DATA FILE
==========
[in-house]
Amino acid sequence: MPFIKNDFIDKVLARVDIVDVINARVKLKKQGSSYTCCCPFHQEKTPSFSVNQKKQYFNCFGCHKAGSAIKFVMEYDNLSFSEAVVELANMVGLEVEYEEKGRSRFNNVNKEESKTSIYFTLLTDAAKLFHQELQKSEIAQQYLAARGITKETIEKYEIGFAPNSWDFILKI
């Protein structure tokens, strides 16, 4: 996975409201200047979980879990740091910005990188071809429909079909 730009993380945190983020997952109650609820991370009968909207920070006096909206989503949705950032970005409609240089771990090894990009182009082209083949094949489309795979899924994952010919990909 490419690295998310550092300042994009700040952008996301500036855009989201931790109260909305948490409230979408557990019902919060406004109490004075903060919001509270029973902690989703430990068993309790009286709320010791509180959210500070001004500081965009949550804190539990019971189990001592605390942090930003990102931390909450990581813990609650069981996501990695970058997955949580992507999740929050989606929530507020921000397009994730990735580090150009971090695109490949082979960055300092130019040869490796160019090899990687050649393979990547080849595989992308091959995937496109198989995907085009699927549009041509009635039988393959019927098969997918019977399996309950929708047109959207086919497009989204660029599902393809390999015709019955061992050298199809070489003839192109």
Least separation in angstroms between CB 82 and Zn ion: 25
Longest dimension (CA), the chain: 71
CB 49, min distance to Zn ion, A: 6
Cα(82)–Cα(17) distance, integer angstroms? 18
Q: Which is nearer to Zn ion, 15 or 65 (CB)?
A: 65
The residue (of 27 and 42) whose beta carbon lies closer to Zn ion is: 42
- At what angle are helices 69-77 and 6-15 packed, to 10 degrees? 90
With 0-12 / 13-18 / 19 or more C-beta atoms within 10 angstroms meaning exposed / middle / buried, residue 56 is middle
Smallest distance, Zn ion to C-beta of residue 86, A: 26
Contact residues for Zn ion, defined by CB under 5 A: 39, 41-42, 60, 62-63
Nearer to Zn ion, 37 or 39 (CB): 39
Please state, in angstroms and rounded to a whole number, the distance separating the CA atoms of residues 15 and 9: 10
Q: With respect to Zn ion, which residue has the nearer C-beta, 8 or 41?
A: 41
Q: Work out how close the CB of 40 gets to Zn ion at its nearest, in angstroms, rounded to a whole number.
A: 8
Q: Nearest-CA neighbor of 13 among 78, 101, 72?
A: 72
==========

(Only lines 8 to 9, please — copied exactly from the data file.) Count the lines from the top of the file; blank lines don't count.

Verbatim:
Q: Which is nearer to Zn ion, 15 or 65 (CB)?
A: 65